The High Court of the Federal Capital Territory, Abuja, on Tuesday stalled the trial of the Kogi East senator, Dino Melaye, after the testimony of the first prosecution witness.
Melaye was earlier accused of giving false information to the Police to implicate the Chief of Staff to Governor Yahaya Bello of Kogi State, Edward Onoja David, in an alleged assassination case that has to do with his (Melaye) life.
On March 1, 2018, Melaye pleaded not guilty of the allegations against him by the Office of the Attorney-General of the Federation.
Meanwhile, when the case hearing was resumed on Tuesday, the prosecution called David, who is the nominal complainant, as its first witness.
Led by the prosecuting counsel, Chika Nnana, David was cut short by the defense counsel, Olusegun Jolaawo, while in the witness box.
Jolaawo raised an alarm of objection, saying he had searched the proof of evidence and could not find David’s statement. He argued that allowing the witness to continue his testimony without the defence having prior knowledge of his evidence would violate Melaye's right to fair hearing.
"From the copy of the proof of evidence, there is no statement on him on record as required in the extant provision of the Constitution, Section 36( 6) thereof, and section 397 of ACJA to the effect that defendants must give all materials necessary to enable him to conduct his defence. This is the position of the law, ” he said.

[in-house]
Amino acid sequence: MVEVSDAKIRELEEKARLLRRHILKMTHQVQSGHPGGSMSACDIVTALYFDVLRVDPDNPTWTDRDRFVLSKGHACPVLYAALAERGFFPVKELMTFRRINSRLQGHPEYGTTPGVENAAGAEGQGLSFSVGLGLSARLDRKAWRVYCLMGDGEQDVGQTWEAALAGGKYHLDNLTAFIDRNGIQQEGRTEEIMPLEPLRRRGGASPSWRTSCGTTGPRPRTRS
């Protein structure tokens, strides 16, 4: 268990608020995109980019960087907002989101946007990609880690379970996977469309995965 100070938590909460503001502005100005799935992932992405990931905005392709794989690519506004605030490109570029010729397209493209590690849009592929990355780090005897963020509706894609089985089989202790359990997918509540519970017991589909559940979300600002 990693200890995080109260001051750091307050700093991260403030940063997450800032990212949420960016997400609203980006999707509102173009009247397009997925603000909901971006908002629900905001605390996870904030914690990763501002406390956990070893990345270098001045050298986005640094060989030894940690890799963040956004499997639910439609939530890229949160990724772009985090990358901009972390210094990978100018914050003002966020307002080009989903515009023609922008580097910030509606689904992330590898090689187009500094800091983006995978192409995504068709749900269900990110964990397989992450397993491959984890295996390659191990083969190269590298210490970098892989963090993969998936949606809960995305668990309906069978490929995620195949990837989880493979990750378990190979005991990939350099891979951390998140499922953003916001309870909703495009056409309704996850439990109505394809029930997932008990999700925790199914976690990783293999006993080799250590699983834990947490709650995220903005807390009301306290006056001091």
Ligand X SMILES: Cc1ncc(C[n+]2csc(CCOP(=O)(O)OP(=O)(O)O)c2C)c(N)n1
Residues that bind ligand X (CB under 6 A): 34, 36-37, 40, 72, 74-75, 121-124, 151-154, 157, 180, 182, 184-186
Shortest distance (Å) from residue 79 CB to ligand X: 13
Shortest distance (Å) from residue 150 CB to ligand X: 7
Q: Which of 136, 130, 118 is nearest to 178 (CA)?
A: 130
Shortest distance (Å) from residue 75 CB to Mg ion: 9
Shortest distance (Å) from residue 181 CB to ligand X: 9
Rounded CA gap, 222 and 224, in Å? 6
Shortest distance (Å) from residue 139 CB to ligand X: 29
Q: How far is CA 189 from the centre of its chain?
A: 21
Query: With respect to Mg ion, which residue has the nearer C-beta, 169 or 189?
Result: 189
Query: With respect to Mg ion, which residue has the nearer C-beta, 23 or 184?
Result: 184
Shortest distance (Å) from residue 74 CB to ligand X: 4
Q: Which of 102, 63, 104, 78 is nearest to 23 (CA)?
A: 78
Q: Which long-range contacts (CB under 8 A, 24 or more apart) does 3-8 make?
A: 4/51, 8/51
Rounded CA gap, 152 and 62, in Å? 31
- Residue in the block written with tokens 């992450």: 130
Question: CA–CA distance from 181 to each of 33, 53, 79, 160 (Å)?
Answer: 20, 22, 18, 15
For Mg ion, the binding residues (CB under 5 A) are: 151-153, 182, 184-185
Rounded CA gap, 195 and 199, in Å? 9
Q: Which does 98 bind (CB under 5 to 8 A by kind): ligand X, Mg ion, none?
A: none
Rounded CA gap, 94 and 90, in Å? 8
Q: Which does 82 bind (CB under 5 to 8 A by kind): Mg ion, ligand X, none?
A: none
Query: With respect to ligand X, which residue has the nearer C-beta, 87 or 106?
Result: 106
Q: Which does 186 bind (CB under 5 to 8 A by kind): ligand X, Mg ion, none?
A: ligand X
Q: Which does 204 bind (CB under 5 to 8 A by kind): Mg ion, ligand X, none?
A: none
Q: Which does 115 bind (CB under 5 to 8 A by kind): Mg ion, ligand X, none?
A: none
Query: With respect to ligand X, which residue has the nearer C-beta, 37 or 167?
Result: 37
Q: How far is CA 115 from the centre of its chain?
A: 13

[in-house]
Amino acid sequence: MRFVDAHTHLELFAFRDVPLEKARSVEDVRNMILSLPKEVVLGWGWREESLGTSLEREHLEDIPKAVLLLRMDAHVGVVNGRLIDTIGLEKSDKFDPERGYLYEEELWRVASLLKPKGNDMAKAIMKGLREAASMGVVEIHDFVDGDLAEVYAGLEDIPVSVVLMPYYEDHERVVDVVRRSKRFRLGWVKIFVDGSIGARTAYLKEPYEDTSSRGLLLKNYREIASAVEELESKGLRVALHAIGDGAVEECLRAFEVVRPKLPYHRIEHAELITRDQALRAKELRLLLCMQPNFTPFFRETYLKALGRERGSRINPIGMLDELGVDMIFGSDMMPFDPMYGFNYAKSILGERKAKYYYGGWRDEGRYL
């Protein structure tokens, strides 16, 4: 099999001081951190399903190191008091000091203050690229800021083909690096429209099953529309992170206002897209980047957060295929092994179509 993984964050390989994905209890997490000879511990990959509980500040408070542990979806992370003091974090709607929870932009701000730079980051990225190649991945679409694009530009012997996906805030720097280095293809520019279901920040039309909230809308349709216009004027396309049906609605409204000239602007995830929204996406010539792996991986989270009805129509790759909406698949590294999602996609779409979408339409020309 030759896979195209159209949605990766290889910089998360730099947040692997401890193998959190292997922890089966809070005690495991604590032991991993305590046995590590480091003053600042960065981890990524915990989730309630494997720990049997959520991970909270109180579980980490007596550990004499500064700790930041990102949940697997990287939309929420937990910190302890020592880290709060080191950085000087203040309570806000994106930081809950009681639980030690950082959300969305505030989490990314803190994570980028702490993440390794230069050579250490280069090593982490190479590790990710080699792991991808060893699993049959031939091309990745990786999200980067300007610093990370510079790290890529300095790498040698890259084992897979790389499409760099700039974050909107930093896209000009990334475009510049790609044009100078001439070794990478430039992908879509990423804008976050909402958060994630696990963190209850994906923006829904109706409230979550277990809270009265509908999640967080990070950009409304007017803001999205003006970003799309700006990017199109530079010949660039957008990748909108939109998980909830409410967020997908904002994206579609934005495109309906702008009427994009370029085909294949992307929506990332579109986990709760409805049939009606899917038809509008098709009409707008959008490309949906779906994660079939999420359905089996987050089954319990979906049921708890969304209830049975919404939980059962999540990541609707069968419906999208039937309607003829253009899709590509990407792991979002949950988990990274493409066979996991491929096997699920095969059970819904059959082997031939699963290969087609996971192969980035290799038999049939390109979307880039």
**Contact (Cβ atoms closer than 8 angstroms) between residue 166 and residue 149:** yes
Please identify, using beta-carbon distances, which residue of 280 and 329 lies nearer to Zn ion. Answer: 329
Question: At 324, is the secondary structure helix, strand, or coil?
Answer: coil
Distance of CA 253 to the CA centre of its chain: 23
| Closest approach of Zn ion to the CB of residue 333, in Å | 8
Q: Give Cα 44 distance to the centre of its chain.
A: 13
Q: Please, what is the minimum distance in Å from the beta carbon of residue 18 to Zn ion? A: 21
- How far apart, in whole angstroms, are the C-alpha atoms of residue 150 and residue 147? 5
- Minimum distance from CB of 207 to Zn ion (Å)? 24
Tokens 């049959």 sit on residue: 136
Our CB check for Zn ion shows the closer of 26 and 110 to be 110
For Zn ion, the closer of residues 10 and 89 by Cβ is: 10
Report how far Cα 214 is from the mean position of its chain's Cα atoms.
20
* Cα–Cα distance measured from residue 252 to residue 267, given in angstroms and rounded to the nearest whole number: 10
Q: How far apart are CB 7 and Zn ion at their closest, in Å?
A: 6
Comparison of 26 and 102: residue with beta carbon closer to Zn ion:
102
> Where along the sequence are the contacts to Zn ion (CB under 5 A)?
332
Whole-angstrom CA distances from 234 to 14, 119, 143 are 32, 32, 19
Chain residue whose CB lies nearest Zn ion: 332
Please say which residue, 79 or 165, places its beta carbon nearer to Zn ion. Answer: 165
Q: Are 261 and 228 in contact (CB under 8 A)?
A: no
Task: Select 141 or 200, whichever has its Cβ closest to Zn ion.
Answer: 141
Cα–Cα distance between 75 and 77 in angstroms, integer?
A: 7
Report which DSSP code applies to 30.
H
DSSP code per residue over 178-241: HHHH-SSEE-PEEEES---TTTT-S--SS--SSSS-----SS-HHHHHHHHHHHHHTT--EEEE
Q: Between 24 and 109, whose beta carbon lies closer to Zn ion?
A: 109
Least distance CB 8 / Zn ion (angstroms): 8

The judge, Justice Olasunbo Goodluck, also noted that the said copy of the statement was not included in the court’s copy of the proof of evidence.
Nnana, the prosecuting counsel reacted, said that although she had a copy of the statement in her file, the non-inclusion of the statement in the proof of evidence was an error of omission.
She therefore requested that the matter be stood down for five minutes to enable her serve the document on the defence.
Jolaawo did not hesitate to opposingly frown the application for a stand down., arguing that the proper thing the prosecution needed to do was to file a motion seeking the court's leave to file additional proof of evidence in which the statement could be included.
The defence lawyer said that would take more than five minutes requested by the prosecuting counsel. Nnana was then forced to ask the court for an adjournment.
The judge nonetheless expressed dissatisfaction over the attitude of the prosecution but agreed to adjourn the matter till December 5 and 13.